Spoleto festival falls short artistically

June 08, 1994|By W. Andrew Powell | W. Andrew Powell,Special to The Sun

Charleston, S.C. -- Menotti is gone.

Long live Spoleto!

So went the unspoken theme of this year's arts festival in Charleston, which closed Sunday after a reduced 12-day run.

The Menotti cited is Gian Carlo Menotti, librettist, opera composer, stage director, festival founder and chief, a man whose creative gifts are at least equaled by his flair for making money.

And, depending on who you ask, Spoleto is the name of America's premier fine arts festival, or a hilly town in Italy with its own related festival, or a legal property, or a musical mecca, or a boon to tourism, or just a headache.

Mr. Menotti, 82, screamed addio to Charleston last October after years of arguments over power, money and sometimes art. The last straw, it seems, was the town's reluctance to embrace the visions of Francis "Chip" Menotti, his adopted son and chosen successor.

This departure raised the question: Was Spoleto dead in America?

Not in the eyes of Mr. Menotti, who suggested he would move Spoleto Festival USA to another city.

Not in the view of South Carolina bigwigs, either. They were not about to let Spoleto die, not when it brought an estimated $73 million into the state each year. As for it moving, well, they owned the name.

The festival's survival into its 18th year has been exciting financially and artistically. Mostly financially.

Mr. Menotti weakened the Charleston operation by insisting that board members and artists choose between America and the Italian Spoleto, over which he retained control. For fund-raising, this meant it wasn't possible to raise money for both festivals.

To make matters worse, a $1 million accumulated deficit on a budget of just $4.3 million loomed in Charleston as Mr. Menotti departed. Creditors were calling, most of them local businesses. Through the spring, Spoleto's board of directors was spending as much time calming nerves and requesting debt forgiveness as raising money.

A "fix-it" team was hired to cut costs for 1994 and get the books in order, with Milton Rhodes as general manager. A $600,000 loan from the state was approved, and the festival's length was cut -- from 17 days last year to 12.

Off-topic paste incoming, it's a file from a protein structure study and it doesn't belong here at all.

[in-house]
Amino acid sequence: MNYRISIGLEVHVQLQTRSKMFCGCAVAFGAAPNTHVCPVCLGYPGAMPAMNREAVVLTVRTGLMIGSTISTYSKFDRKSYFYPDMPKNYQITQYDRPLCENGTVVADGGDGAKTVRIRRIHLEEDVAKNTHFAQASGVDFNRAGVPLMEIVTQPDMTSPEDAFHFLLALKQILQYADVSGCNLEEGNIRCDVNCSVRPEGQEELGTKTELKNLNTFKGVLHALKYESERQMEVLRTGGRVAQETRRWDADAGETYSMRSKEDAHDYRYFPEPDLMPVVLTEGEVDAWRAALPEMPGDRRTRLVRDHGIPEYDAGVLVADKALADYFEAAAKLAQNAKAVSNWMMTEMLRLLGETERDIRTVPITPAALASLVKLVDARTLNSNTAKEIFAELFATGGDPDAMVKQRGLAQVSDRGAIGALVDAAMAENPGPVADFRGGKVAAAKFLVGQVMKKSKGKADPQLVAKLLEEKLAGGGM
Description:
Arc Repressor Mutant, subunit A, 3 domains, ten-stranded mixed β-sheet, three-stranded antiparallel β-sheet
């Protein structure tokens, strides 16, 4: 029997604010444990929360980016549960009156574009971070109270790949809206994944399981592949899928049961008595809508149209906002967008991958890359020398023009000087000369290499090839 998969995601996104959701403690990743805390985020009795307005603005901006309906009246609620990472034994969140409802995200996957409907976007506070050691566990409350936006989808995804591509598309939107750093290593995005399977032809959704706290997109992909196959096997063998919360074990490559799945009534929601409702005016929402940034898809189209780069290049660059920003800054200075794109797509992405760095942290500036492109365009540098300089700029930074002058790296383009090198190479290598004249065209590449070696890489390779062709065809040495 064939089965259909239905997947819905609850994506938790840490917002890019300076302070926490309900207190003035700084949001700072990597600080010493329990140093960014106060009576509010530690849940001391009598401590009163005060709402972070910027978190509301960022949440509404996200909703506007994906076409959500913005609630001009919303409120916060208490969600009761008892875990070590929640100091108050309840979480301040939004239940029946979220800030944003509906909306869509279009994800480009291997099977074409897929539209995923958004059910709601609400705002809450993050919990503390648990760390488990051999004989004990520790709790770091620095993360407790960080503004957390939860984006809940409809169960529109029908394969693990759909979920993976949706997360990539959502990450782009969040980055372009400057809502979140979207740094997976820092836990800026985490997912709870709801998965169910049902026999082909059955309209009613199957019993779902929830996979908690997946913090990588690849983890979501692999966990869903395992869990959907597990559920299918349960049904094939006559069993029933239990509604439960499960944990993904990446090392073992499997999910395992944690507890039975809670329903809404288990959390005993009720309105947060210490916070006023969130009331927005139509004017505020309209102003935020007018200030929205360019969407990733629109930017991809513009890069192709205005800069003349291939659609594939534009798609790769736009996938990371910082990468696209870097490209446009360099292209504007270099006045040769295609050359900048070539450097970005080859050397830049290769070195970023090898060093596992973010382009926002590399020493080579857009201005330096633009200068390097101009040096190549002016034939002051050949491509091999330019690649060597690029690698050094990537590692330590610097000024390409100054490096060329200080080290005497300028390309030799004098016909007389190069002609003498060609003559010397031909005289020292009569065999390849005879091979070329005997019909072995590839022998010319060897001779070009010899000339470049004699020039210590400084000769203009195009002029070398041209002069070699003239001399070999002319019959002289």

But if Spoleto succeeded in funding its 1994 operations -- even realizing a $100,000 surplus, according to board chairman Homer Burrous on Monday -- it fell short artistically.

The loss of talented conductor Steven Mercurio, a Menotti casualty, didn't help. On the other hand, the re-appointment of conductor Spiros Argiris might have been expected to help more.

With the lofty title "Artistic Director for Symphonic and Operatic Activities and Principal Conductor," Mr. Argiris carried the load for Spoleto's big-ticket endeavors this year, including three showcase musical-dramatic works and the "Festival Concert."

It was alarming, then, to find him missing in action. Apparently, a scheduling conflict with the Opera Bastille in Paris (a "Tosca" starring Placido Domingo) prevented him from attending to Spoleto.

Still, Mr. Rhodes was at pains to point out that Mr. Argiris had earned his undisclosed salary by planning and casting.

What Mr. Rhodes could not do was explain the wayward decisions that resulted in an adulterated Beethoven's "Fidelio," a miscast Handel's "Acis and Galatea," and the waste that was Mauricio Kagel's "La trahison orale."

The Beethoven, a Nikolaus Lehnhoff production new to this country, suffered cuts and the substitution of silly poetry for the German dialogue. The changes were supposed to make the action clearer but succeeded only in emphasizing the opera's static nature. Its cast sang powerfully, with Ulla Gustafsson an intense but slightly unsteady Leonore and Johan Botha an aggrieved Florestan who made a good case for prison food. Both singers could have used more imaginative guidance from Alicja Mounk's vigorous podium.

Handel's English masque was oddly served by the mature Greek soprano of Alexandra Papadjiakou as the love-object Galatea. But her singing was not without refinement.

Maria Fortuna was a dramatically engaging though shrill Acis, Joel Sorensen a tonally impure Damon, and Aurio Tomicich a Polyphemus with poor diction.

Director Ulderico Manani's fondness for plastic wrap and aluminum foil dotted his garish sets.

Kagel's music-theater piece emerged as more of an endurance test than a tax on the imagination. This puerile study of "the image of devils," staged in reds and blacks with endlessly moving flies and crude lighting, offered a sequence of cheap stunts accompanied by simple, vaguely engaging percussive music. Its capable performers never came close to winning over their audience.

Spoleto's "Festival Concert" needs a strong conductor, one who can give the festival's orchestra of young musicians a riveting experience.

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